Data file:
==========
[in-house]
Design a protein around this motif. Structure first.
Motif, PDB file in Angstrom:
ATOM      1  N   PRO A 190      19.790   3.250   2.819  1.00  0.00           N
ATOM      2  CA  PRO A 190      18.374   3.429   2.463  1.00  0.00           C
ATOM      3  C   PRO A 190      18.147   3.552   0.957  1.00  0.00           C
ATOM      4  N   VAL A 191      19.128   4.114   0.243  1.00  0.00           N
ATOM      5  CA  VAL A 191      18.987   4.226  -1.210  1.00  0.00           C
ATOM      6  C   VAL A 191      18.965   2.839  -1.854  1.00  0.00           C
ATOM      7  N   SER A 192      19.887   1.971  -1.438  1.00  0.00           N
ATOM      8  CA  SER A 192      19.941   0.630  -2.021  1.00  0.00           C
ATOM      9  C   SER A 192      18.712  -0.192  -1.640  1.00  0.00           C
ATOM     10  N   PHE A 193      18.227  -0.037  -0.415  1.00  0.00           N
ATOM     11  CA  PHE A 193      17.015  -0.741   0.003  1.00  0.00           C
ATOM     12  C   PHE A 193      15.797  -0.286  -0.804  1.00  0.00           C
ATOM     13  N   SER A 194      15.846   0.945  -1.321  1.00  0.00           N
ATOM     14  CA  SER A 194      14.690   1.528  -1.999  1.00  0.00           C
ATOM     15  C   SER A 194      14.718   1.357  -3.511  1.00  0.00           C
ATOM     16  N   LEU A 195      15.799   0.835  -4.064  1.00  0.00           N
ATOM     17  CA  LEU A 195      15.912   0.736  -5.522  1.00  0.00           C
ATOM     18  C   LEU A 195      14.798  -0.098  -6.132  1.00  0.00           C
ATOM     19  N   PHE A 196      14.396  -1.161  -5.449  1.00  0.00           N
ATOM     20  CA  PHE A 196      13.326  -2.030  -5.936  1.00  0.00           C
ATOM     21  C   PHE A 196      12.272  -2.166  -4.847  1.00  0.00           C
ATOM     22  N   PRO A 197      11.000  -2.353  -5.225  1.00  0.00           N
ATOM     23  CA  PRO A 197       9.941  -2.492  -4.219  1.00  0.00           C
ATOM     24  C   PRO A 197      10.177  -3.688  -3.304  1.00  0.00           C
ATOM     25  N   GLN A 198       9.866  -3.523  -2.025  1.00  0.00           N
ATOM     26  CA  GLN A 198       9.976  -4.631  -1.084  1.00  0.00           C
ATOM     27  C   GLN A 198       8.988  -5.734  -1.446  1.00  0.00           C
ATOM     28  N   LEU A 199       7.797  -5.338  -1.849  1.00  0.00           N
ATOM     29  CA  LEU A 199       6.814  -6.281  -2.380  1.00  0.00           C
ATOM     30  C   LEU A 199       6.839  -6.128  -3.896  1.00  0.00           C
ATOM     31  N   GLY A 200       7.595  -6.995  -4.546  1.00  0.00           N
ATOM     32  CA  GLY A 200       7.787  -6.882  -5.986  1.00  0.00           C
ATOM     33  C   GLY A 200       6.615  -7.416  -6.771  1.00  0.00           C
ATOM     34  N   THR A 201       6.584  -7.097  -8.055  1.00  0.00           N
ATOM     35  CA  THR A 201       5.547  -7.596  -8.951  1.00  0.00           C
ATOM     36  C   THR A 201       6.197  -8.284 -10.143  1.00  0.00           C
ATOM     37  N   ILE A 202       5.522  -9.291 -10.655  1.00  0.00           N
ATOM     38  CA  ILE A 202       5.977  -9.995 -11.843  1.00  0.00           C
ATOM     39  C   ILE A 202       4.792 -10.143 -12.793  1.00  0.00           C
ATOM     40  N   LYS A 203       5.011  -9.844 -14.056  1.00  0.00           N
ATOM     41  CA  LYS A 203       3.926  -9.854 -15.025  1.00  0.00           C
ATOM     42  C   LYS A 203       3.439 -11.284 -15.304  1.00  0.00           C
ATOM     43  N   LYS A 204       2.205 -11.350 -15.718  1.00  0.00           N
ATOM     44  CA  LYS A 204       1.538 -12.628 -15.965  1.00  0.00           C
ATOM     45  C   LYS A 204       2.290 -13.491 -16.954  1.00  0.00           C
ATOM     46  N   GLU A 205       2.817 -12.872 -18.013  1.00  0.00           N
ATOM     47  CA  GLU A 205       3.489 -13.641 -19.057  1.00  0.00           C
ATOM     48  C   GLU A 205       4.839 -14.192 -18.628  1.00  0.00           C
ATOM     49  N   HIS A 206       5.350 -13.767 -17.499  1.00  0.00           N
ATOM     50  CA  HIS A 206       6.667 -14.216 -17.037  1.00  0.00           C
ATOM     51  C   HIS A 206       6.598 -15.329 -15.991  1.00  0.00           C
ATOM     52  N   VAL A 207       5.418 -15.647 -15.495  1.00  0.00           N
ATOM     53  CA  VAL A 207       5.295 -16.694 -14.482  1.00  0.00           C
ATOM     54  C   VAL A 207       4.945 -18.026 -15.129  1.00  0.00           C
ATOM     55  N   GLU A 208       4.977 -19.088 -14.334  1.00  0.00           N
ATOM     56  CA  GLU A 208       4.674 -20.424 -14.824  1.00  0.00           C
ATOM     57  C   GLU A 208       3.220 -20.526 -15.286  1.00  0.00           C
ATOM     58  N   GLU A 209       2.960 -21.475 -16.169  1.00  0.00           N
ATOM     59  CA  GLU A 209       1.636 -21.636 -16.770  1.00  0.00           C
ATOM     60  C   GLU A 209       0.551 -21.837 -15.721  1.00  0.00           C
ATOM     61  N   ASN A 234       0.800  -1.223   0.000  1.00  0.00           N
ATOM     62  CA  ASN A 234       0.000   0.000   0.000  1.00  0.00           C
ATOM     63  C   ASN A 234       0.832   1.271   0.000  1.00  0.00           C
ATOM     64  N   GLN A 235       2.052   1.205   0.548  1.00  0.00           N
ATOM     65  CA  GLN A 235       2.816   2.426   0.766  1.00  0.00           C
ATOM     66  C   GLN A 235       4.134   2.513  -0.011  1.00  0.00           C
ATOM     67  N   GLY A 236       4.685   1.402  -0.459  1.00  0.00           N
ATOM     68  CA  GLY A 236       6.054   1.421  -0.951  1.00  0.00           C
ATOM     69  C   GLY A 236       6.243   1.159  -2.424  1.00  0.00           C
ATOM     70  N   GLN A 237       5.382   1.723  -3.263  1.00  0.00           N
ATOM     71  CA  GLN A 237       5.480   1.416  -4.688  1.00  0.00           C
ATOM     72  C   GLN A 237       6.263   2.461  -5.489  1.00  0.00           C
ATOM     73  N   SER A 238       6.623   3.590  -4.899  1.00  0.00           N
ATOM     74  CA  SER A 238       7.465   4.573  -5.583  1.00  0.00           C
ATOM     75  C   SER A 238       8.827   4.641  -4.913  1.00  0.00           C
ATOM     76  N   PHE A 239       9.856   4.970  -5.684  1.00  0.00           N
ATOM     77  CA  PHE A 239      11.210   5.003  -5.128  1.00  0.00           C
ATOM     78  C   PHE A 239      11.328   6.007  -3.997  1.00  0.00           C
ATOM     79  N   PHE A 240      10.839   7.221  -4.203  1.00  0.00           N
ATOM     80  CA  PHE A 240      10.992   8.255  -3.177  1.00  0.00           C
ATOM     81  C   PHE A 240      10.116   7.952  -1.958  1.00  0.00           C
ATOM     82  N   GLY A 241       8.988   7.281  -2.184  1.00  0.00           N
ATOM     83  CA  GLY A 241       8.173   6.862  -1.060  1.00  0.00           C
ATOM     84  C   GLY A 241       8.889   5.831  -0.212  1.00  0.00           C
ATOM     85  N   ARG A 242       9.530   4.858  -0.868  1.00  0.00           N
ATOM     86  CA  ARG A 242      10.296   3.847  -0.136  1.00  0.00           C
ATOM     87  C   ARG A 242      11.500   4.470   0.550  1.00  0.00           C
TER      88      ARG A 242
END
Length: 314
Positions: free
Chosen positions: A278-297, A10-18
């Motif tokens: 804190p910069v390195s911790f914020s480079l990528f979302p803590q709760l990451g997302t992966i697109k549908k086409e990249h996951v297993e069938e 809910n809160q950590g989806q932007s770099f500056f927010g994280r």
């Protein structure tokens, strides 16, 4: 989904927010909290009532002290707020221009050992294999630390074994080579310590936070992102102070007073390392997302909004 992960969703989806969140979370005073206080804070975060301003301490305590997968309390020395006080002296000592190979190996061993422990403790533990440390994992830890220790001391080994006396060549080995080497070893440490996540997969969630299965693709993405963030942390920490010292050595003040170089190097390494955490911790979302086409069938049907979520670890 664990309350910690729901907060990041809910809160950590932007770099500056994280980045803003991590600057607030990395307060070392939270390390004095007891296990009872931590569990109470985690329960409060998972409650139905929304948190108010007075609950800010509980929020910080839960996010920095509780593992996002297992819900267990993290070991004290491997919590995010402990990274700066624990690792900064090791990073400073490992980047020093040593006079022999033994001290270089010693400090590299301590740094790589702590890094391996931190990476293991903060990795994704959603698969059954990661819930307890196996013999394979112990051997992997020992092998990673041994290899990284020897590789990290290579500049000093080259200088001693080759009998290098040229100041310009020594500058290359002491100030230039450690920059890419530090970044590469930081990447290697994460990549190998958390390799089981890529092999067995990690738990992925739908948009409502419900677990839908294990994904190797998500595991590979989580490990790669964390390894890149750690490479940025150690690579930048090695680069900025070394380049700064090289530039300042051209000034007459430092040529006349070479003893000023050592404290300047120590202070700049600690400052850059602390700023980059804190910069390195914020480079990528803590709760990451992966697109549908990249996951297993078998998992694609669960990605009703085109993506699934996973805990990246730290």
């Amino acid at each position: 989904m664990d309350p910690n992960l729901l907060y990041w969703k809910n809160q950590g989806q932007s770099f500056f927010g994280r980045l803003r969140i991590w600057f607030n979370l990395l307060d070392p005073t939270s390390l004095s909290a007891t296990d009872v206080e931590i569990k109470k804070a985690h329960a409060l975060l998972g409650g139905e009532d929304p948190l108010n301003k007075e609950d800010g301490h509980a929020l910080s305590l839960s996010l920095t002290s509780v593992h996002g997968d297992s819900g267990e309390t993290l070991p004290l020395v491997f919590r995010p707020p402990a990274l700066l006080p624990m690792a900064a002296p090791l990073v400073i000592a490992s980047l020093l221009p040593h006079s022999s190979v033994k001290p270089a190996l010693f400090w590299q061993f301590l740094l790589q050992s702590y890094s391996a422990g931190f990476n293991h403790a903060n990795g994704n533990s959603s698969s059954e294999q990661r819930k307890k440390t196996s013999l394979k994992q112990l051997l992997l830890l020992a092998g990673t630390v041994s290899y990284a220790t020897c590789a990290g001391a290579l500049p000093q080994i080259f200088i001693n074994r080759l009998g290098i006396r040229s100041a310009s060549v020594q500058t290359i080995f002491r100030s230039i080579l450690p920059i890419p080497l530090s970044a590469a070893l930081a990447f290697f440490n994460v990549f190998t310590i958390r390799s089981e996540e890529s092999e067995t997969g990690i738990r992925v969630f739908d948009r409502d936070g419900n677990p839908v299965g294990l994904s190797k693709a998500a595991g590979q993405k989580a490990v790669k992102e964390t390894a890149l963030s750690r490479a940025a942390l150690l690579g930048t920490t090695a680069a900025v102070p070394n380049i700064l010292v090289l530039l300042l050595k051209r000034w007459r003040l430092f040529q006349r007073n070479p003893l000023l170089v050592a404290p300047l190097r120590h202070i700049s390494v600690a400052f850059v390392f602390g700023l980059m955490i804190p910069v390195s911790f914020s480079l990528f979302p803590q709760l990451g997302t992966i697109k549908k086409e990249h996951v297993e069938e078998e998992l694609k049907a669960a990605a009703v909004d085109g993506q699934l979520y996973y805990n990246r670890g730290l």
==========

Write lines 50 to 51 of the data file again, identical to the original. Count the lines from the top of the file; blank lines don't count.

ATOM     47  CA  GLU A 205       3.489 -13.641 -19.057  1.00  0.00           C
ATOM     48  C   GLU A 205       4.839 -14.192 -18.628  1.00  0.00           C